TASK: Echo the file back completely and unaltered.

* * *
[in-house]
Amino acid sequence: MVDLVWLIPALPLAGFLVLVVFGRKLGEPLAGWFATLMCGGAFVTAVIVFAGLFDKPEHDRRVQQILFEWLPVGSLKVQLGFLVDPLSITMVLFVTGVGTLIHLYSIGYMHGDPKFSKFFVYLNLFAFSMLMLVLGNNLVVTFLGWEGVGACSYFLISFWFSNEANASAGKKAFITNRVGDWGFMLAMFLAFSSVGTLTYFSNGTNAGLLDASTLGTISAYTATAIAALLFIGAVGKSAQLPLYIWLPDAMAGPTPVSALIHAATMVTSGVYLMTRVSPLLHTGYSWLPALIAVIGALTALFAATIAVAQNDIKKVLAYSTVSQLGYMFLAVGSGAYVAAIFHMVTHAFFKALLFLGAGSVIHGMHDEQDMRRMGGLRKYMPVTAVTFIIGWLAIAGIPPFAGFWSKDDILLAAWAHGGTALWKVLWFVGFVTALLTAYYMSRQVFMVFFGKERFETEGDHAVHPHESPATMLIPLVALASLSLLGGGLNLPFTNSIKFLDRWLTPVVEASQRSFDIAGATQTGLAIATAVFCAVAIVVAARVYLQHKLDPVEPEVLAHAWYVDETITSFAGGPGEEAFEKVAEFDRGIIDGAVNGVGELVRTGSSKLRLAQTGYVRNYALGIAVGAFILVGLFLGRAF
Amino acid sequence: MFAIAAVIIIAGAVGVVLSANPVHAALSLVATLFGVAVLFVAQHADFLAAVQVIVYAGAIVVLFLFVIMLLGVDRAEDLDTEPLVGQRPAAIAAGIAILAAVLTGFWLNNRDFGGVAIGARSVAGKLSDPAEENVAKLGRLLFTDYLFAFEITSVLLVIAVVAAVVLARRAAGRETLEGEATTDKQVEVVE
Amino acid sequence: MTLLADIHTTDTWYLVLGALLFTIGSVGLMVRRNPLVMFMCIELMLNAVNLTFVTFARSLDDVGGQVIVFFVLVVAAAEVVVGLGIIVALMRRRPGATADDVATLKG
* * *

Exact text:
[in-house]
Amino acid sequence: MVDLVWLIPALPLAGFLVLVVFGRKLGEPLAGWFATLMCGGAFVTAVIVFAGLFDKPEHDRRVQQILFEWLPVGSLKVQLGFLVDPLSITMVLFVTGVGTLIHLYSIGYMHGDPKFSKFFVYLNLFAFSMLMLVLGNNLVVTFLGWEGVGACSYFLISFWFSNEANASAGKKAFITNRVGDWGFMLAMFLAFSSVGTLTYFSNGTNAGLLDASTLGTISAYTATAIAALLFIGAVGKSAQLPLYIWLPDAMAGPTPVSALIHAATMVTSGVYLMTRVSPLLHTGYSWLPALIAVIGALTALFAATIAVAQNDIKKVLAYSTVSQLGYMFLAVGSGAYVAAIFHMVTHAFFKALLFLGAGSVIHGMHDEQDMRRMGGLRKYMPVTAVTFIIGWLAIAGIPPFAGFWSKDDILLAAWAHGGTALWKVLWFVGFVTALLTAYYMSRQVFMVFFGKERFETEGDHAVHPHESPATMLIPLVALASLSLLGGGLNLPFTNSIKFLDRWLTPVVEASQRSFDIAGATQTGLAIATAVFCAVAIVVAARVYLQHKLDPVEPEVLAHAWYVDETITSFAGGPGEEAFEKVAEFDRGIIDGAVNGVGELVRTGSSKLRLAQTGYVRNYALGIAVGAFILVGLFLGRAF
Amino acid sequence: MFAIAAVIIIAGAVGVVLSANPVHAALSLVATLFGVAVLFVAQHADFLAAVQVIVYAGAIVVLFLFVIMLLGVDRAEDLDTEPLVGQRPAAIAAGIAILAAVLTGFWLNNRDFGGVAIGARSVAGKLSDPAEENVAKLGRLLFTDYLFAFEITSVLLVIAVVAAVVLARRAAGRETLEGEATTDKQVEVVE
Amino acid sequence: MTLLADIHTTDTWYLVLGALLFTIGSVGLMVRRNPLVMFMCIELMLNAVNLTFVTFARSLDDVGGQVIVFFVLVVAAAEVVVGLGIIVALMRRRPGATADDVATLKG